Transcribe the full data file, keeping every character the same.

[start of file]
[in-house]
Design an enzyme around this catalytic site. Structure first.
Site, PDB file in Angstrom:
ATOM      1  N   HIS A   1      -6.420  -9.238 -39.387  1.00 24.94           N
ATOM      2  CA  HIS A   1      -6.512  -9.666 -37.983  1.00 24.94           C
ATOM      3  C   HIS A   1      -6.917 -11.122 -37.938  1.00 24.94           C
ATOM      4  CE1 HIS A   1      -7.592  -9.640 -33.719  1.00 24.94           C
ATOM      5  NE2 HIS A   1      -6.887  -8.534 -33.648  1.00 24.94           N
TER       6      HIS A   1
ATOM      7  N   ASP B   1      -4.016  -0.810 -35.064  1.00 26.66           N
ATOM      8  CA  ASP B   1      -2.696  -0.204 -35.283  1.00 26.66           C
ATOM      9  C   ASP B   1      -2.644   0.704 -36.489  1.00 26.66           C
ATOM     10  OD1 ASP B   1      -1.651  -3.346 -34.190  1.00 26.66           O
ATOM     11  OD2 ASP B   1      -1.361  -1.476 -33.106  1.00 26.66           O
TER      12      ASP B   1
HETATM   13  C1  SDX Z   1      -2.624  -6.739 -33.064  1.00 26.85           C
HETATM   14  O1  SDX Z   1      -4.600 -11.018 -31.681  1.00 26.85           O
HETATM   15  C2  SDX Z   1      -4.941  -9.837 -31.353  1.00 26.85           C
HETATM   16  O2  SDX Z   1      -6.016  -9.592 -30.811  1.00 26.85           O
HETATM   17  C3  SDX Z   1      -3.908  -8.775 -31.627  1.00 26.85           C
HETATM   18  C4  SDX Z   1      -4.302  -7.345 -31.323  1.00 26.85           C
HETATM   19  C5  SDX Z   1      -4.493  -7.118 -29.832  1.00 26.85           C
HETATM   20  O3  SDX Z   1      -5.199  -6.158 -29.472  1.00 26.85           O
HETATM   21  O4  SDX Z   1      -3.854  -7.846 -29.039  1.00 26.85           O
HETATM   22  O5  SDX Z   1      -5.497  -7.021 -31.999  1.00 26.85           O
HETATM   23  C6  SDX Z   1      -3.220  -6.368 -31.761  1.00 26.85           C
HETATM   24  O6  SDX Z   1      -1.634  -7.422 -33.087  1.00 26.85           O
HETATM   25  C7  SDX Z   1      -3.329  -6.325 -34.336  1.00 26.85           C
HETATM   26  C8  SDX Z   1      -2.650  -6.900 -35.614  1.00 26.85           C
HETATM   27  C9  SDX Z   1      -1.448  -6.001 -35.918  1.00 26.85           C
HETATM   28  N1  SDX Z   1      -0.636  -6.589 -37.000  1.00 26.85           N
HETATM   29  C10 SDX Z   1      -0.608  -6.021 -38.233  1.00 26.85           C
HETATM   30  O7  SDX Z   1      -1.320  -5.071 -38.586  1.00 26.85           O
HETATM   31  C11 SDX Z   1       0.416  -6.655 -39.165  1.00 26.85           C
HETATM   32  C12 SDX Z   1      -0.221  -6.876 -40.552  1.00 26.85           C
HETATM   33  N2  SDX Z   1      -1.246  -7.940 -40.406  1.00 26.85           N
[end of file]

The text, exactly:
[in-house]
Design an enzyme around this catalytic site. Structure first.
Site, PDB file in Angstrom:
ATOM      1  N   HIS A   1      -6.420  -9.238 -39.387  1.00 24.94           N
ATOM      2  CA  HIS A   1      -6.512  -9.666 -37.983  1.00 24.94           C
ATOM      3  C   HIS A   1      -6.917 -11.122 -37.938  1.00 24.94           C
ATOM      4  CE1 HIS A   1      -7.592  -9.640 -33.719  1.00 24.94           C
ATOM      5  NE2 HIS A   1      -6.887  -8.534 -33.648  1.00 24.94           N
TER       6      HIS A   1
ATOM      7  N   ASP B   1      -4.016  -0.810 -35.064  1.00 26.66           N
ATOM      8  CA  ASP B   1      -2.696  -0.204 -35.283  1.00 26.66           C
ATOM      9  C   ASP B   1      -2.644   0.704 -36.489  1.00 26.66           C
ATOM     10  OD1 ASP B   1      -1.651  -3.346 -34.190  1.00 26.66           O
ATOM     11  OD2 ASP B   1      -1.361  -1.476 -33.106  1.00 26.66           O
TER      12      ASP B   1
HETATM   13  C1  SDX Z   1      -2.624  -6.739 -33.064  1.00 26.85           C
HETATM   14  O1  SDX Z   1      -4.600 -11.018 -31.681  1.00 26.85           O
HETATM   15  C2  SDX Z   1      -4.941  -9.837 -31.353  1.00 26.85           C
HETATM   16  O2  SDX Z   1      -6.016  -9.592 -30.811  1.00 26.85           O
HETATM   17  C3  SDX Z   1      -3.908  -8.775 -31.627  1.00 26.85           C
HETATM   18  C4  SDX Z   1      -4.302  -7.345 -31.323  1.00 26.85           C
HETATM   19  C5  SDX Z   1      -4.493  -7.118 -29.832  1.00 26.85           C
HETATM   20  O3  SDX Z   1      -5.199  -6.158 -29.472  1.00 26.85           O
HETATM   21  O4  SDX Z   1      -3.854  -7.846 -29.039  1.00 26.85           O
HETATM   22  O5  SDX Z   1      -5.497  -7.021 -31.999  1.00 26.85           O
HETATM   23  C6  SDX Z   1      -3.220  -6.368 -31.761  1.00 26.85           C
HETATM   24  O6  SDX Z   1      -1.634  -7.422 -33.087  1.00 26.85           O
HETATM   25  C7  SDX Z   1      -3.329  -6.325 -34.336  1.00 26.85           C
HETATM   26  C8  SDX Z   1      -2.650  -6.900 -35.614  1.00 26.85           C
HETATM   27  C9  SDX Z   1      -1.448  -6.001 -35.918  1.00 26.85           C
HETATM   28  N1  SDX Z   1      -0.636  -6.589 -37.000  1.00 26.85           N
HETATM   29  C10 SDX Z   1      -0.608  -6.021 -38.233  1.00 26.85           C
HETATM   30  O7  SDX Z   1      -1.320  -5.071 -38.586  1.00 26.85           O
HETATM   31  C11 SDX Z   1       0.416  -6.655 -39.165  1.00 26.85           C
HETATM   32  C12 SDX Z   1      -0.221  -6.876 -40.552  1.00 26.85           C
HETATM   33  N2  SDX Z   1      -1.246  -7.940 -40.406  1.00 26.85           N